Introduction to Spreadsheets
Spreadsheets have a number of uses in the organization and maintenance of information. We use them extensively as we collect and store information for future analysis or research. They can be as simple as a means to track household expenses or as complex as finding the correlation of many independent variables. While it is unlikely that most of our Senior Tech Group members will ever need 95 percent of the features of the spreadsheet programs that are available to us, that other five percent is very useful.
The basic concept of spreadsheets is that information is placed into Cells, which each have a unique address. Think of the spreadsheet as a matrix of many boxes (the cells). On the left side of the matrix, descending down the sheet, each horizontal line is identified by a number, beginning at 1 and continuing on down the matrix. The vertical lines on the matrix, intersecting with the horizontal lines form the cells. The boxes are identified from from left to right alphabetically beginning with A and continuing. If the number of lines exceeds Z (26 lines), then it begins over again, with AA to AZ, then BA to BZ, etc. So the first box on the top left of the matrix is called A1. The next one to the right is B1. Going down from the first box, the next one below is A2 and the one below that is A3.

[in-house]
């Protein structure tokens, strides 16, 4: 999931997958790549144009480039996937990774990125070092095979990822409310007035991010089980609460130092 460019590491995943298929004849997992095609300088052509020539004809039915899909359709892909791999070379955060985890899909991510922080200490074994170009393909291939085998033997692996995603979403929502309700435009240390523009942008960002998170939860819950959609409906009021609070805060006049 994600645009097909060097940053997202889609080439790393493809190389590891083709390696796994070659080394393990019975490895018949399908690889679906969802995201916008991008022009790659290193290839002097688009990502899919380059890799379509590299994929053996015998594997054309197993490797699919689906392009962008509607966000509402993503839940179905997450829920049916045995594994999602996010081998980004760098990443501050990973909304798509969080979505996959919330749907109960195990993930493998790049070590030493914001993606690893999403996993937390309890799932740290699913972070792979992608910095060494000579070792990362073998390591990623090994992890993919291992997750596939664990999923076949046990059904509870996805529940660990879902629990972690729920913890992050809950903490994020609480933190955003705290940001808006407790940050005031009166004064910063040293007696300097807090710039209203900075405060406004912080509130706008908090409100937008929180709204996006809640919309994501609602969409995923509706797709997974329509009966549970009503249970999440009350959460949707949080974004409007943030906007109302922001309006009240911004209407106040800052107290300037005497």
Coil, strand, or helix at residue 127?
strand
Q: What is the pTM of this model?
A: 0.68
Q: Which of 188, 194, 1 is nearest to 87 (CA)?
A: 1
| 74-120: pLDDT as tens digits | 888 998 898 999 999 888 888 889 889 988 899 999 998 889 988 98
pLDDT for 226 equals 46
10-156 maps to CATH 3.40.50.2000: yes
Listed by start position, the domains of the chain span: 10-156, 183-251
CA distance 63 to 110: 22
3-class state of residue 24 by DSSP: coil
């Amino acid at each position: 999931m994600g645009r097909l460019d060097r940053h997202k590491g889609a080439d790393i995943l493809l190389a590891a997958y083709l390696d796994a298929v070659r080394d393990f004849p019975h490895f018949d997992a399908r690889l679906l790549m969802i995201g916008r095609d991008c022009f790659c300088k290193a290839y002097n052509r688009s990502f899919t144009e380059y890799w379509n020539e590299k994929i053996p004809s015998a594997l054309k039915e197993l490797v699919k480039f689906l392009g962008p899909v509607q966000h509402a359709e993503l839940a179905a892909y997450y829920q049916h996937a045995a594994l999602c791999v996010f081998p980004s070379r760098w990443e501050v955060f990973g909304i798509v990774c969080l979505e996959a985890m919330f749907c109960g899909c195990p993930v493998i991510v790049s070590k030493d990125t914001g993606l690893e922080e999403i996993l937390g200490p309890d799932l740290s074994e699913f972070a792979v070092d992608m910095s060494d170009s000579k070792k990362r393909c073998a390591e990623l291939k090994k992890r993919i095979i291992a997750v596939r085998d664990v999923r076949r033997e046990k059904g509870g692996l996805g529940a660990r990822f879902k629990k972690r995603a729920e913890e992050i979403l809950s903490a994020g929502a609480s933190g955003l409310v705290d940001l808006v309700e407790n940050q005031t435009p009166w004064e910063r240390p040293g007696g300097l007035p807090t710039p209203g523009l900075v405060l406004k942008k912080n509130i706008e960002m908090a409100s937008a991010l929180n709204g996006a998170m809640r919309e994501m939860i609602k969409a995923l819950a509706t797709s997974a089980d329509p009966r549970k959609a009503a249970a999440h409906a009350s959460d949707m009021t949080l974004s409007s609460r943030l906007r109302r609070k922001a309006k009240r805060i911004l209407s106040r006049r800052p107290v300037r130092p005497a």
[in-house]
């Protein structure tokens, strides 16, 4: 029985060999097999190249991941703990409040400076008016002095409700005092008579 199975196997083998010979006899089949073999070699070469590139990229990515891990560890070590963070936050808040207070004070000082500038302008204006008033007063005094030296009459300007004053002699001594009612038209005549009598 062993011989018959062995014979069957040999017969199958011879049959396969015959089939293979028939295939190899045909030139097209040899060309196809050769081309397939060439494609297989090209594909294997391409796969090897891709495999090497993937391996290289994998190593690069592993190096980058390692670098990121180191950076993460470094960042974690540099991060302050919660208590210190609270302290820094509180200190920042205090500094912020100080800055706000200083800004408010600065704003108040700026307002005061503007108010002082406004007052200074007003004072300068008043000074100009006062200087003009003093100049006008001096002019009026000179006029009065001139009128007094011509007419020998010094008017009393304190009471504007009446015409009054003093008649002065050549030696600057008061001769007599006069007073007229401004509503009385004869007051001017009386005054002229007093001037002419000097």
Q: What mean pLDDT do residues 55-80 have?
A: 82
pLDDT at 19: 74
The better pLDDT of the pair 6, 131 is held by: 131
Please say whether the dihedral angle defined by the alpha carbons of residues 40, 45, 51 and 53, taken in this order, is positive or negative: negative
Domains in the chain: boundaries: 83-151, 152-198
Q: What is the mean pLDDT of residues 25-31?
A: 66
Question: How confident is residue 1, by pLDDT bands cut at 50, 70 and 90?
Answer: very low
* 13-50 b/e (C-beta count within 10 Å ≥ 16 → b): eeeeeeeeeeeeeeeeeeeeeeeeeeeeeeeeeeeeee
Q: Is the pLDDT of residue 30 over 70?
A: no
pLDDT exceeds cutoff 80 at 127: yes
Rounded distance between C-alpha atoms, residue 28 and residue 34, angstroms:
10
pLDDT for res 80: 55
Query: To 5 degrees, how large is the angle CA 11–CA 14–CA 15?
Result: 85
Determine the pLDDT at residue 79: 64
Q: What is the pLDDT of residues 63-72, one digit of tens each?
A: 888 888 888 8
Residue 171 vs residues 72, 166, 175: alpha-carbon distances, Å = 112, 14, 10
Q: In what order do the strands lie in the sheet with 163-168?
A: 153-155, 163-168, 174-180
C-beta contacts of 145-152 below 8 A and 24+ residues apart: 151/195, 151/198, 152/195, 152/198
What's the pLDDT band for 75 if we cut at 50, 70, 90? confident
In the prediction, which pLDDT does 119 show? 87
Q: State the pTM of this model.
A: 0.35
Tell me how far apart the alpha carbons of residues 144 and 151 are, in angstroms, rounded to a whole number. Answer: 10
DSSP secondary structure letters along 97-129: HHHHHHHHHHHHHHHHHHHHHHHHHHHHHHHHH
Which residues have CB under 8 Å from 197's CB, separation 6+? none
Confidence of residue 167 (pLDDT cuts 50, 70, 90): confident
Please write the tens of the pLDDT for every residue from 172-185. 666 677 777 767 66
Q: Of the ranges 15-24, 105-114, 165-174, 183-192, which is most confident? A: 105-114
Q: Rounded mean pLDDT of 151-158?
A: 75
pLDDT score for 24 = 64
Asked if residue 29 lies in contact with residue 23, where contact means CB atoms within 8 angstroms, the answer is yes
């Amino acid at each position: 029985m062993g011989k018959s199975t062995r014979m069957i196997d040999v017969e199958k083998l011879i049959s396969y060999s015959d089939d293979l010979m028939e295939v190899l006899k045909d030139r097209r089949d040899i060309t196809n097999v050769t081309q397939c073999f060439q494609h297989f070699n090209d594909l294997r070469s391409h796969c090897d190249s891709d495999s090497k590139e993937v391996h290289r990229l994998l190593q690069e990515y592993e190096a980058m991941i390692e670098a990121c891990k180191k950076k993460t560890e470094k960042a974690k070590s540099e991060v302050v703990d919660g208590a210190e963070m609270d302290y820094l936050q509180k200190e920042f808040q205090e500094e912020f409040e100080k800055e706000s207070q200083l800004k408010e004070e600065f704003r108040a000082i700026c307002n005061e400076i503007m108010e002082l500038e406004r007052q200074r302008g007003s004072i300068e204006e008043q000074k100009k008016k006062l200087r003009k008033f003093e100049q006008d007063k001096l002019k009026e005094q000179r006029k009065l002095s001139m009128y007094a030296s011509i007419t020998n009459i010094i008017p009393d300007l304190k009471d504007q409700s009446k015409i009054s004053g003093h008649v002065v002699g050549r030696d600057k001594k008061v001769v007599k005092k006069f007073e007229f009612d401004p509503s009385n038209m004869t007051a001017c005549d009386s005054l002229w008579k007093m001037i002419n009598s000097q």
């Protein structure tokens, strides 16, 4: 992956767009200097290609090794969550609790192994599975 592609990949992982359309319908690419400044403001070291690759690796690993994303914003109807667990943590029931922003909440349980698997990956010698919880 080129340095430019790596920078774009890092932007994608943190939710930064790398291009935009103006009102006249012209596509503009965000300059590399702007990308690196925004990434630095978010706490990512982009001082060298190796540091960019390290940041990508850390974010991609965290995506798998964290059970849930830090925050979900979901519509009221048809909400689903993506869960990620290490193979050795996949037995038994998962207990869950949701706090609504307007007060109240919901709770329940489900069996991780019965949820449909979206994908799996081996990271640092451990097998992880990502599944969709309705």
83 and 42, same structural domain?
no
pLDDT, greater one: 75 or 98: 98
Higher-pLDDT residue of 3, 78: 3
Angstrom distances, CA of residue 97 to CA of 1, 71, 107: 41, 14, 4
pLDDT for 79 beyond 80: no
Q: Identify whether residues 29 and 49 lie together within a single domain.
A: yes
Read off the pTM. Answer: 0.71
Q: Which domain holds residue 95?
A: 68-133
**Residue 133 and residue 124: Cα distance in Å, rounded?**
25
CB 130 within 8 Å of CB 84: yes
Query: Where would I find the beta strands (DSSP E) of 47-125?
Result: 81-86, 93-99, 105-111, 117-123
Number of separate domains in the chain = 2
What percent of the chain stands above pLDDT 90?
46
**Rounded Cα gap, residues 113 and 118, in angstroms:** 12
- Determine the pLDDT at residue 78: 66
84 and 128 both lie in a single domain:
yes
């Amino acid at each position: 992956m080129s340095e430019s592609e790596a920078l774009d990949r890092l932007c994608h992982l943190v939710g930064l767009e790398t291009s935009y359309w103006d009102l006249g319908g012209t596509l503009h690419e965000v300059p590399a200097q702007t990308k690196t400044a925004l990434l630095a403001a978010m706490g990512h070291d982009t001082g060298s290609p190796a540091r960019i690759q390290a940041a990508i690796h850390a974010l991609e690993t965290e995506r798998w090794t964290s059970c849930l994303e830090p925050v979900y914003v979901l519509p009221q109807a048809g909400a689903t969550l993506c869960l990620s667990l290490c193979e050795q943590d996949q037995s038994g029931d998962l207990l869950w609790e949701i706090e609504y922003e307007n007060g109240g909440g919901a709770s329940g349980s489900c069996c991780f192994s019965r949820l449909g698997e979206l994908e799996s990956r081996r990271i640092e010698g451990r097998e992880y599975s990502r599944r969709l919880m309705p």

The cells generally contain data or labels for the data that they contain. For example, a cell may contain your cost of electricity for the month. It would probably be on the same line as the name of the month, perhaps in the next cell to the right.
The cells may also contain formulas or equations that allow you to perform calculations on the data that is in other cells. The simplest of these is the ability to sum all of the values in cells in a vertical column or cells on a horizontal row.
In our Senior Tech Group session on Spreadsheets we will create a spreadsheet to track utility expenses, month-by-month and year-by-year. The spreadsheet will be sent to each participant so they can use it in their own computers.